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النشر الإلكتروني

All, more than common, menaces an end. A blaze betokens brevity of life: As if bright embers should emit a flame, Glad spirits sparkled from Narcissa's eye, And made youth younger, and taught life to live. As Nature's opposites wage endless war, For this offence, as treason to the deep Inviolable stupor of his reign, Where lust, and turbulent ambition, sleep, Death took swift vengeance. As he life detests, More life is still more odious; and, reduc'd By conquest, aggrandizes more his power. But wherefore aggrandiz’d? By Heaven's decree, To plant the soul on her eternal guard, In aweful expectation of our end Thus runs Death's dread commission : “ Strike, but so As most alarms the living by the dead.” Hence stratagem delights him, and surprise, And cruel sport with man's securities. Not simple conquest, triumph is his aim : (most. And, where least fear'd, there conquest triumphs This proves my bold assertion not too bold.

What are his arts to lay our fears asleep? Tiberian arts his purposes wrap up In deep dissimulation's darkest night. Like princes unconfest in foreign courts, Who travel under cover, Death assumes The name and look of life, and dwells among us. He takes all shapes that serve his black designs : 'Though master of a wider empire far Than that o'er which the Roman eagle flew. Like Nero, he's a fiddler, charioteer,

Or drives his phaeton, in female guise ;
Quite unsuspected, till, the wheel beneath,
His disarray'd oblation he devours.

He most affects the forms least like himself,
His slender self. Hence burly corpulence
Is his familiar wear, and sleek disguise.
Behind the rosy bloom he loves to lurk,
Or ambush in a smile ; or wanton dive
In dimples deep; love's eddies, which draw in
Unwary hearts, and sink them in despair.
Such, on Narcissa's couch he loiter'd long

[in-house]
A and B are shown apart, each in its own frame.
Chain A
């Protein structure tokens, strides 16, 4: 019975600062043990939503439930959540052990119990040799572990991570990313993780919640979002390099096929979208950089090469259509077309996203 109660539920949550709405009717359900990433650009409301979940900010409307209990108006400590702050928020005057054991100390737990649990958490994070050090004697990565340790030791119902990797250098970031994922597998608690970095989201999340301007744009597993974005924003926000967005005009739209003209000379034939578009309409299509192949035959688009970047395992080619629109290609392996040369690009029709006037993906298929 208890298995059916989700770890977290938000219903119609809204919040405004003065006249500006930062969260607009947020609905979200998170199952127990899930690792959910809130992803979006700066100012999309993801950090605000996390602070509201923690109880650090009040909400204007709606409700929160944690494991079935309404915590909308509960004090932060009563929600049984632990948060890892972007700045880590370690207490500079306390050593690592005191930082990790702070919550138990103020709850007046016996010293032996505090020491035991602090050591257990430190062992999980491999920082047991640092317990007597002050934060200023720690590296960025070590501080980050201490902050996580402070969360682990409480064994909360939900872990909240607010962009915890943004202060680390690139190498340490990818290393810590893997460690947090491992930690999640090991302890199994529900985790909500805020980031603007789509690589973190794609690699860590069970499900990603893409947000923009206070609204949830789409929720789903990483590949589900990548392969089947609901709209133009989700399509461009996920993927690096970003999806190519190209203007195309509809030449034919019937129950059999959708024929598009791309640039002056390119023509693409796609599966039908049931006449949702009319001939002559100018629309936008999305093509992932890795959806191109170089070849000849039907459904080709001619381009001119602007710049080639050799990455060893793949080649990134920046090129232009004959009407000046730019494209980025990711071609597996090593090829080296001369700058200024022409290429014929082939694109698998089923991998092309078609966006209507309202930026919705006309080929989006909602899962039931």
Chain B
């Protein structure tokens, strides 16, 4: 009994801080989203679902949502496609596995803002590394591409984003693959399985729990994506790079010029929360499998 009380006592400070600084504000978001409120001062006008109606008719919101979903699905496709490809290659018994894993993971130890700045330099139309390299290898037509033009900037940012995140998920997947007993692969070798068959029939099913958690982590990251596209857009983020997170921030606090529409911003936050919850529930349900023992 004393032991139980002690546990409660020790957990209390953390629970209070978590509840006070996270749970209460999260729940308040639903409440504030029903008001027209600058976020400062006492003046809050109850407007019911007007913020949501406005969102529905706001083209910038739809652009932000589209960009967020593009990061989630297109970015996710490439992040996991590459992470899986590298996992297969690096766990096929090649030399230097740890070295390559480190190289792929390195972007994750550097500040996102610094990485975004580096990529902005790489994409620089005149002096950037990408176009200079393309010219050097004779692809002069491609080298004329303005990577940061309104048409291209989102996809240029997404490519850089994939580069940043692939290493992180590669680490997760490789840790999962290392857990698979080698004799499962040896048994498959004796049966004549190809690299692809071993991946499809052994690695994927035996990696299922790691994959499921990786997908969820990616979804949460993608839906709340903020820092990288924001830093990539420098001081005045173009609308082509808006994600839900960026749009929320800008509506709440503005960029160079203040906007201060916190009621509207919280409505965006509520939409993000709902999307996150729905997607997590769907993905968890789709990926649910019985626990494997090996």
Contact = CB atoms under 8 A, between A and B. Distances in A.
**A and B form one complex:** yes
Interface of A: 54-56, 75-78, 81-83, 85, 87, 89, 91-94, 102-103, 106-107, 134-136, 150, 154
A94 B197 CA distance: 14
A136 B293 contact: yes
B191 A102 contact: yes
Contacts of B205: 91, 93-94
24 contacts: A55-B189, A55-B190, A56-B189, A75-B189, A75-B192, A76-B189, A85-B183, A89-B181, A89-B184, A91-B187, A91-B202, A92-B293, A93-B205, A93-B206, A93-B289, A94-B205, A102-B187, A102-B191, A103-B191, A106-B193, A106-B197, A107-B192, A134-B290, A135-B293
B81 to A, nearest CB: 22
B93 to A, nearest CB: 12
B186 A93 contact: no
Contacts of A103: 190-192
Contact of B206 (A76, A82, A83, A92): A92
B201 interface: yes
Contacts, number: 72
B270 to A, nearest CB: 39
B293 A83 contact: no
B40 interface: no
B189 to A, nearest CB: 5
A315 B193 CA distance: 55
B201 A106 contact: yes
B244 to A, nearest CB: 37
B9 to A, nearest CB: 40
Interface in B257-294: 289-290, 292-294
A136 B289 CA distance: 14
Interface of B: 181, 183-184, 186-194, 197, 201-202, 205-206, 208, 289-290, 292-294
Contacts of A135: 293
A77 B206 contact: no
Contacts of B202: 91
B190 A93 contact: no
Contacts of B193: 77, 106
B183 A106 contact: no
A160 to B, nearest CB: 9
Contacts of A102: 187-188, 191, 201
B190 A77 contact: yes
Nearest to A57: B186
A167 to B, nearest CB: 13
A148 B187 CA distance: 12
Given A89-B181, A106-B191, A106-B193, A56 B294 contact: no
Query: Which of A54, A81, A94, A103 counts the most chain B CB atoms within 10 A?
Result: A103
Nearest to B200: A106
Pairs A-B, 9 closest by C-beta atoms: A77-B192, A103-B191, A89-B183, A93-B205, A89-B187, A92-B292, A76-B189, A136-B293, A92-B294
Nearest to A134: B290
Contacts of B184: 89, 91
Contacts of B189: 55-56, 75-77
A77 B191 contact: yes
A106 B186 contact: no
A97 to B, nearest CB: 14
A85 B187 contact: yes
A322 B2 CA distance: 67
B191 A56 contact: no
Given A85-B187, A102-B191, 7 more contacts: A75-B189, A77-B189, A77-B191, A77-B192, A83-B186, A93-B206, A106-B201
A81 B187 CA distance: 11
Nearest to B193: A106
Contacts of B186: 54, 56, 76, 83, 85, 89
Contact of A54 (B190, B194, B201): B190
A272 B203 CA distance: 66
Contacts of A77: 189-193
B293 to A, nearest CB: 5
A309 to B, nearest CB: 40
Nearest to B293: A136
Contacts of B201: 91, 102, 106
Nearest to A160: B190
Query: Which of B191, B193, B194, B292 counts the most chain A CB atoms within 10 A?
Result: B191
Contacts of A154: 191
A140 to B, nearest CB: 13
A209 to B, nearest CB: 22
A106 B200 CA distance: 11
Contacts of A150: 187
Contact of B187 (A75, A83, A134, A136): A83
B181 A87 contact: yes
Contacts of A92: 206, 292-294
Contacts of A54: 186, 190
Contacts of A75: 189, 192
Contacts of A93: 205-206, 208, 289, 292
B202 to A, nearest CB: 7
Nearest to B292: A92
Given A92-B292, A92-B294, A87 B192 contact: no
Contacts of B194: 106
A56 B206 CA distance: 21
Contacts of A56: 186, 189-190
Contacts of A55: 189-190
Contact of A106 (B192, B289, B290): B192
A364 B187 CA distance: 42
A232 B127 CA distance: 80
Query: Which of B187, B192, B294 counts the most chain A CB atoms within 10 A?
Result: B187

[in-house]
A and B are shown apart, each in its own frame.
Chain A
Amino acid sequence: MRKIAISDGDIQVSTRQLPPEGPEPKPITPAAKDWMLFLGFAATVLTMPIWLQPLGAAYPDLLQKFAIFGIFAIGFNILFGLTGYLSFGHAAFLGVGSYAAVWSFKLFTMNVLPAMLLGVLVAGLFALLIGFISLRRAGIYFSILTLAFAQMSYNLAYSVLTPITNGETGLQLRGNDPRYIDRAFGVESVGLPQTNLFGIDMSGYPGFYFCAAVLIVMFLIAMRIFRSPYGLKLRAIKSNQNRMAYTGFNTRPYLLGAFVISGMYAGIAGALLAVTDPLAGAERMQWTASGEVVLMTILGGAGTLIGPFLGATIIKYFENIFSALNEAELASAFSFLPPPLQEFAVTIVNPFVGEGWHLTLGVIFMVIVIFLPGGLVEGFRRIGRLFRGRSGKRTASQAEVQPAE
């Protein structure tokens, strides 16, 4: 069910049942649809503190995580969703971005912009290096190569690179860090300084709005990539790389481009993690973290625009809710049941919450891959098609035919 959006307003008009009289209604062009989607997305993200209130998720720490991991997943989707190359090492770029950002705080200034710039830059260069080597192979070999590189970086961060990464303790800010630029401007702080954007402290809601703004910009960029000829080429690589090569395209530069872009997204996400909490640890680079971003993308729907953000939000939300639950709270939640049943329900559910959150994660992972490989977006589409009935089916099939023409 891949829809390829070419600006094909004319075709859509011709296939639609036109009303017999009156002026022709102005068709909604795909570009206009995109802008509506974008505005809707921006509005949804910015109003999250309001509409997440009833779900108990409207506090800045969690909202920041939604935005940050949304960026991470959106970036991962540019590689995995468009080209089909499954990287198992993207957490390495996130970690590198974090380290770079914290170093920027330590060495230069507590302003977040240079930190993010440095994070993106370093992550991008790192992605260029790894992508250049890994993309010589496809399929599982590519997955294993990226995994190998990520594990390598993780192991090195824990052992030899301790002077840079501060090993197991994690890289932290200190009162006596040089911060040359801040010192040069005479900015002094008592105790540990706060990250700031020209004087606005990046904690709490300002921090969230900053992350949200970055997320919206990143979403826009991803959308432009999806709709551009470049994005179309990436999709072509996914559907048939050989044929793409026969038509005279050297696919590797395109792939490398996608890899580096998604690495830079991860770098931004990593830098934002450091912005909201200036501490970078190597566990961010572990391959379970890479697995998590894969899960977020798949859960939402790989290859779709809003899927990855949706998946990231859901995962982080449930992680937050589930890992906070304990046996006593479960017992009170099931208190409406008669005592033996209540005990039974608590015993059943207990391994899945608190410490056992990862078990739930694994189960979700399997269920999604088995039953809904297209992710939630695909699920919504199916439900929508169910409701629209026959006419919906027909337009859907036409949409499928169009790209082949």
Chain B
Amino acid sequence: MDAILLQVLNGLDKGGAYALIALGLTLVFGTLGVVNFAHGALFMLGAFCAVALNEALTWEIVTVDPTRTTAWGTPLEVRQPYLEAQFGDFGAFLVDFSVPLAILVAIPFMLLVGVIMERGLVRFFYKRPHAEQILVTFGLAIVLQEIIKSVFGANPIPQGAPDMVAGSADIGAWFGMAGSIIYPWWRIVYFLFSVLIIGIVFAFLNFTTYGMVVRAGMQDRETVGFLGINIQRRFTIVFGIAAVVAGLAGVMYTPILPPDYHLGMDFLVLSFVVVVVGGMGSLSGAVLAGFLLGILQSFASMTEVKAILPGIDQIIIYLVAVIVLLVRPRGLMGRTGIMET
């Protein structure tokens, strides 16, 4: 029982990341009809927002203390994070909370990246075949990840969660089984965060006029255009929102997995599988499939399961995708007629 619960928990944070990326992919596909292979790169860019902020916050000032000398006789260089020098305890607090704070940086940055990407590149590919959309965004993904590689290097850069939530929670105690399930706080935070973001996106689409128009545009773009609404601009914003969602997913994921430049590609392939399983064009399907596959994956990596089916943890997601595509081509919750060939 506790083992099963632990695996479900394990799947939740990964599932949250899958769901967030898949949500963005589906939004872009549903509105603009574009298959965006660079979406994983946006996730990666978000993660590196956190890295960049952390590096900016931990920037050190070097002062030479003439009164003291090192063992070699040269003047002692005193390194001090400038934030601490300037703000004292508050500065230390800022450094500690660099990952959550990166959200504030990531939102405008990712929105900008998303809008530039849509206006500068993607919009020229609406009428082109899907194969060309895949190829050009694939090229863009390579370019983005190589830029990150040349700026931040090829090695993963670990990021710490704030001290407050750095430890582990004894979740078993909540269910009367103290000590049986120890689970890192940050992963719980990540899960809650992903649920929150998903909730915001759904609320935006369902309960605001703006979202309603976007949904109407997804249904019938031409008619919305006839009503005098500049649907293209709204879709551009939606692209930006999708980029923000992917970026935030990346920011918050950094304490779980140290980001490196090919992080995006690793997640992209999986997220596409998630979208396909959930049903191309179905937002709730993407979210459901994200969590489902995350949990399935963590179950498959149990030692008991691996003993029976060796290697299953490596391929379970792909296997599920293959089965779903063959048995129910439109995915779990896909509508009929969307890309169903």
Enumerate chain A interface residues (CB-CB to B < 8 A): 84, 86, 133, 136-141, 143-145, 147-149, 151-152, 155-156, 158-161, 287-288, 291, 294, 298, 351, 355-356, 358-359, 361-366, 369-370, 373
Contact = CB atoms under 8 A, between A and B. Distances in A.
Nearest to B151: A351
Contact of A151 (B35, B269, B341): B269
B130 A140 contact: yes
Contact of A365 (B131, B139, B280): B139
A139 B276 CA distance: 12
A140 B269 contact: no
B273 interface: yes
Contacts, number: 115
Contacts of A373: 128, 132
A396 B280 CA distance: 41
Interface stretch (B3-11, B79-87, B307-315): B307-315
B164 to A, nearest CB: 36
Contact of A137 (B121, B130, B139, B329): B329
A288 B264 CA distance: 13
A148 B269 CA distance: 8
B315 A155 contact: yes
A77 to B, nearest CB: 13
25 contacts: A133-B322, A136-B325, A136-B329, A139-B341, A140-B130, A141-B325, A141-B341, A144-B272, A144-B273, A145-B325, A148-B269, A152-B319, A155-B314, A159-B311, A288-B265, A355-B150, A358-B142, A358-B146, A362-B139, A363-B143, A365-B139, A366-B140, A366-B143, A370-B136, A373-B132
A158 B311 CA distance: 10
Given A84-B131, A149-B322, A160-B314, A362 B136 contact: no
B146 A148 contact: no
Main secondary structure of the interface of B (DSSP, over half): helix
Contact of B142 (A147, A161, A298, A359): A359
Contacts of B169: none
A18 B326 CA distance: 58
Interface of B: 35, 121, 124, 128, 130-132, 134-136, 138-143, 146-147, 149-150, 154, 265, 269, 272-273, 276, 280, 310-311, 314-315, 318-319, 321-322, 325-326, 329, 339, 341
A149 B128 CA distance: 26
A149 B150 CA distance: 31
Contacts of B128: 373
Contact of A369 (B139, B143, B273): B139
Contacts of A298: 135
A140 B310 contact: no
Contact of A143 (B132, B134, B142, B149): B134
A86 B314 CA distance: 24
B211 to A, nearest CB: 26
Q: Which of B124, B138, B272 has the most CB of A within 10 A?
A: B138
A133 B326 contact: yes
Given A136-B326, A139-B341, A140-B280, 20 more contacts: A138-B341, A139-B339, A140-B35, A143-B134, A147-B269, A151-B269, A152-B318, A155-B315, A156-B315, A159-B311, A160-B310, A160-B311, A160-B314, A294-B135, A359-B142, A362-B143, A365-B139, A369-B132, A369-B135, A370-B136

Unknown; and, when detected, still was seen
To smile ; such peace has innocence in death!
Most happy they! whom least his arts deceive.
One eye on Death, and one full fix'd on Heaven,
Becomes a mortal, and immortal man.
Long on his wiles a piqu’d and jealous spy,
I've seen, or dreamt I the tyrant dress;
Lay by his horrours, and put on his smiles.
Say, Muse, for thou remember'st, call it back,
And show Lorenzo the surprising scene;
If ’t was a dream, his genius can explain.
'T was in a circle of the


I stood. Death would have enter'd; Nature push'd him back ; Supported by a doctor of renown, His point he gain'd. Then artfully dismist The sage; for Death design’d to be conceal d. He gave an old vivacious usurer His meagre aspect, and his naked bones ; In gratitude for plumping up his

prey, A pamper'd spendthrift ; whose fantastic air, Well-fashion'd figure, and cockaded brow,


He took in change, and underneath the pride
Of costly linen, tuck'd his filthy shroud.
llis crooked bow he straighten'd to a cane;
And hid his deadly shafts in Myra's eye.

The dreadful masquerader, thus equipt,
Out-sallies on adventures. Ask you where ?
Where is he not? For his peculiar haunts,
Let this suffice; sure as night follows day,
Death treads in pleasure's footsteps round the world,
When pleasure treads the paths, which reason shuns.
When, against reason, riot shuts the door,
And gaiety supplies the place of sense,
Then, foremost at the banquet and the ball,
Death leads the dance, or stamps the deadly die;
Nor ever fails the midnight bowl to crown.
Gaily carousing to his gay compeers,